Entrepreneur scheme expanding
A scheme that provides budding entrepreneurs with a real-life experience of turning ideas into business opportunities is expanding to other universities.
Cambridge University’s i-Teams was set up in Cambridge in 2006 by Amy Mokady, a local entrepreneur and business angel, and is a collaboration between the Institute for Manufacturing (IfM) and the Cambridge University Technology and Enterprise Club.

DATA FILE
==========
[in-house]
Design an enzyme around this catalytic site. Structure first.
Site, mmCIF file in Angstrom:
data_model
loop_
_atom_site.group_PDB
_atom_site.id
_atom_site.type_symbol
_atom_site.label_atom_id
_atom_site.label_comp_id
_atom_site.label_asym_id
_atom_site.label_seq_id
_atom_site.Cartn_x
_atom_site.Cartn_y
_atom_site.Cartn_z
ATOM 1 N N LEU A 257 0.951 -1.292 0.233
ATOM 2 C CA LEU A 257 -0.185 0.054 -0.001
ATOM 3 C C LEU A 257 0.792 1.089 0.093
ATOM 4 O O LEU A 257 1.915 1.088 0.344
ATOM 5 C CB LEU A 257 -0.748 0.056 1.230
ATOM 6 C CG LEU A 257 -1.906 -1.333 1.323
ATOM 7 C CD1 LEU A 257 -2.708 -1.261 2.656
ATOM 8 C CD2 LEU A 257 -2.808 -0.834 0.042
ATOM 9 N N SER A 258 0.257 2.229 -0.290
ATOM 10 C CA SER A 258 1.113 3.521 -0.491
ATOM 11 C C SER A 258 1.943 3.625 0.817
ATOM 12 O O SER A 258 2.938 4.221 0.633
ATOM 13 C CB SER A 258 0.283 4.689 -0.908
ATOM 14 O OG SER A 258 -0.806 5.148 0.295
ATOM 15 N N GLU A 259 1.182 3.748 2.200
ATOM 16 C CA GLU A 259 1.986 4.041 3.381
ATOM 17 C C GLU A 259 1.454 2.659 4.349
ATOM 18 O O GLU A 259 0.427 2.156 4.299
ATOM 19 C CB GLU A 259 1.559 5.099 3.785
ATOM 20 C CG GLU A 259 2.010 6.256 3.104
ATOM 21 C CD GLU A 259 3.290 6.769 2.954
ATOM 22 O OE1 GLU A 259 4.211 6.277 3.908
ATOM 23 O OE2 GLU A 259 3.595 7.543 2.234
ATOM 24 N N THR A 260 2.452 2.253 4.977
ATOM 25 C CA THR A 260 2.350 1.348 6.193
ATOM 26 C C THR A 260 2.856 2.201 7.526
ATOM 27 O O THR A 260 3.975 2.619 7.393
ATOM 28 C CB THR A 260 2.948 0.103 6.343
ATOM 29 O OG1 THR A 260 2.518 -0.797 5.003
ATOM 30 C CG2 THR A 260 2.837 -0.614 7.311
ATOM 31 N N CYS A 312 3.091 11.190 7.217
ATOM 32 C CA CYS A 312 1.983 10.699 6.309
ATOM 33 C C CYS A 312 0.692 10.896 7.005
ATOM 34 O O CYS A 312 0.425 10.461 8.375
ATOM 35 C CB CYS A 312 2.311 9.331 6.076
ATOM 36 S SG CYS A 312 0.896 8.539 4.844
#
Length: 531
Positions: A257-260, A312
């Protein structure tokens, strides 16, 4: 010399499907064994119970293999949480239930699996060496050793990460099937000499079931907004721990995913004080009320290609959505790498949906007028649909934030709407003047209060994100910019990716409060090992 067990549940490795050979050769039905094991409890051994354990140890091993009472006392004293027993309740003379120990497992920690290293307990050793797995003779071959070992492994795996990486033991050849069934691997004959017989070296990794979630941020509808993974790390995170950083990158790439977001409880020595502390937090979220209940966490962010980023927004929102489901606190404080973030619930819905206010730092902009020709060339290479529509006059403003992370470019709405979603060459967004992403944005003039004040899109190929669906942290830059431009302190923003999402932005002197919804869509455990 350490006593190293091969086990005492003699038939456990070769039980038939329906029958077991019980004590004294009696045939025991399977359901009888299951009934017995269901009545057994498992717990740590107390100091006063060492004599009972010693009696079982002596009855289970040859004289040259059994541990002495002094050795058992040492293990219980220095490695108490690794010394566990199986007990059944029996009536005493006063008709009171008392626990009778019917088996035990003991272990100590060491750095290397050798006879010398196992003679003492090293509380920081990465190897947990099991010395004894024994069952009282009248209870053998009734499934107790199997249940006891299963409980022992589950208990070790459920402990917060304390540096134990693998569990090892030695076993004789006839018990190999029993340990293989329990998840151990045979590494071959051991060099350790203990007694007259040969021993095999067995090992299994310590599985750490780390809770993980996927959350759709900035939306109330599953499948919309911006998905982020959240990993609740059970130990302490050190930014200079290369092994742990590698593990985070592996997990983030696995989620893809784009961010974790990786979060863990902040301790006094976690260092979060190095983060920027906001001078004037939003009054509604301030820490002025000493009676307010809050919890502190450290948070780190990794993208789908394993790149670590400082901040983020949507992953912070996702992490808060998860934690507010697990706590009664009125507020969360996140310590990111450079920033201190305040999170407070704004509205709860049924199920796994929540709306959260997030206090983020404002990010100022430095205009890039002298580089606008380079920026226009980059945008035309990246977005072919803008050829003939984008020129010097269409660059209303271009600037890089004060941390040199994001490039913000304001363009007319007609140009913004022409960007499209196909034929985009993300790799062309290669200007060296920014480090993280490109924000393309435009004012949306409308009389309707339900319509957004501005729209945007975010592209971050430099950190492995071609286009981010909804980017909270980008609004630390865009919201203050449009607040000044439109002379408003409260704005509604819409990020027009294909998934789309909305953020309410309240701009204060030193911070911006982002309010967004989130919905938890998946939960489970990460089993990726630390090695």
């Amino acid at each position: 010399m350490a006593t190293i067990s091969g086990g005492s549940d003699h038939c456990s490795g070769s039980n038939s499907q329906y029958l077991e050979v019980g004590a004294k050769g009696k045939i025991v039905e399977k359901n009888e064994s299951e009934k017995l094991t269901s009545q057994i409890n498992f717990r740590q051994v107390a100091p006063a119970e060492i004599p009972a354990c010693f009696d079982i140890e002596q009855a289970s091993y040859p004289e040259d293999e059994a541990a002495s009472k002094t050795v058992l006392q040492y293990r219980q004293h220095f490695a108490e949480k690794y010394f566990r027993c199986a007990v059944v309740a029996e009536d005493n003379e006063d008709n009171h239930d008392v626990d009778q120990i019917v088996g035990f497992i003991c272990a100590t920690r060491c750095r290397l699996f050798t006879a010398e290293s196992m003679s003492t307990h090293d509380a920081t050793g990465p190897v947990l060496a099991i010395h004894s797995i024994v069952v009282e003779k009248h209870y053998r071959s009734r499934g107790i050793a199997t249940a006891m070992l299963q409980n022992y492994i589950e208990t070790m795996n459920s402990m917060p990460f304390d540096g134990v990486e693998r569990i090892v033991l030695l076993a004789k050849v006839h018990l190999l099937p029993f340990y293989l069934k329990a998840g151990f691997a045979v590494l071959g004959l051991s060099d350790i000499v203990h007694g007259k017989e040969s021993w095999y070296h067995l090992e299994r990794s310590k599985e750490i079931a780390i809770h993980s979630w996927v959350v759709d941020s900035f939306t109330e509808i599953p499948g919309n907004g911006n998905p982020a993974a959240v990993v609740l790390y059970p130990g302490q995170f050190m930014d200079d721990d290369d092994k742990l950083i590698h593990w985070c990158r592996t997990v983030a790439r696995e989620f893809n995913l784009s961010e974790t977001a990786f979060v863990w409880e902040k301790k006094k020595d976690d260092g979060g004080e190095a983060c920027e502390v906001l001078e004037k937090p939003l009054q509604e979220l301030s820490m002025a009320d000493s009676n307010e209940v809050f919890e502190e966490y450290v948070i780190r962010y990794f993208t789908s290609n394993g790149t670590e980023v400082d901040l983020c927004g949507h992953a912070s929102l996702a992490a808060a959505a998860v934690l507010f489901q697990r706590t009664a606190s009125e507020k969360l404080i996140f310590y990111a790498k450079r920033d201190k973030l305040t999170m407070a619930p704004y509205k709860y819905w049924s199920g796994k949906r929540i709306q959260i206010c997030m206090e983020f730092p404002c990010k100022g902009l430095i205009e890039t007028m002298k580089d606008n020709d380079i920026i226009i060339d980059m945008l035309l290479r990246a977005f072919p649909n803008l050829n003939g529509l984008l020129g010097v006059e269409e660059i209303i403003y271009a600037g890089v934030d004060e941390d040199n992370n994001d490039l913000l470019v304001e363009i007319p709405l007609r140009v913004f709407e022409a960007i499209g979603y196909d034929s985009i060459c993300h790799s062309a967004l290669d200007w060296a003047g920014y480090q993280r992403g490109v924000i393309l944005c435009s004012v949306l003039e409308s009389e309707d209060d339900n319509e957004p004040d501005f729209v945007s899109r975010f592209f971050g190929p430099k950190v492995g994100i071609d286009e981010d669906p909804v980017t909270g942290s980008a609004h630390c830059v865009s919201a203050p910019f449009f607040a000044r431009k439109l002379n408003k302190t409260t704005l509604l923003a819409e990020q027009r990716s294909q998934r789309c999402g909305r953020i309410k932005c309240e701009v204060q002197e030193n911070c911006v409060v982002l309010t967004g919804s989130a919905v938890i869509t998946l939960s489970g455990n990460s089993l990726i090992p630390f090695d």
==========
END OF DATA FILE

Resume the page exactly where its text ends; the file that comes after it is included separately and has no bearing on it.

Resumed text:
Now the project has just completed its first ever inter-university course. The latest taster course was a joint presentation between the University of Cambridge and Anglia Ruskin University and marked the first time i-Teams was delivered at another institution.As well as students from the University of Cambridge the course also attracted participants from Anglia Ruskin University and the University of East Anglia. They joined forces to help analyse the commercial potential of emerging, breakthrough technologies.Amy Mokady, i-Teams director, said that the collaboration was a breakthrough. She said: “It is very rare for students from different universities to work together on the same projects in this way, so for us to attract students from two other universities demonstrates how i-Teams is growing.“Earlier this year we had our first non-Cambridge project and now we are beginning to attract business-minded students from beyond our traditional base.“The other exciting development was the number of non-science based students. We had participants with a wide range of backgrounds including film studies, management, computing and publishing. It really emphasised the multi-disciplinary nature of the scheme.“We’ve come a long way in just four years, but it highlights the power of the programme.”The programme, based on the successful programme created in the United States at the Massachusetts Institute of Technology, uses multi-disciplinary teams of students to evaluate the best opportunities for breakthrough technologies.Projects tackled included:-• A method to cost-effectively capture and sequester CO2 from fossil fuel power generation, which would lock CO2 away permanently from the atmosphere without risk of dangerous release. • Exploring possible markets for new low-cost computer box design, to ensure the greatest possible success.• A new technique to enable rapid and direct detection of bacteria using an all-electronic device. Amy said: “We think i-Teams offers something unique to hi-tech start-ups and we are hopeful that this initial inter-university effort will just be the start.”For more details on i-Teams, please see www.iteamsonline.org • PHOTOGRAPH SHOWS: i-Teams director, Amy Mokady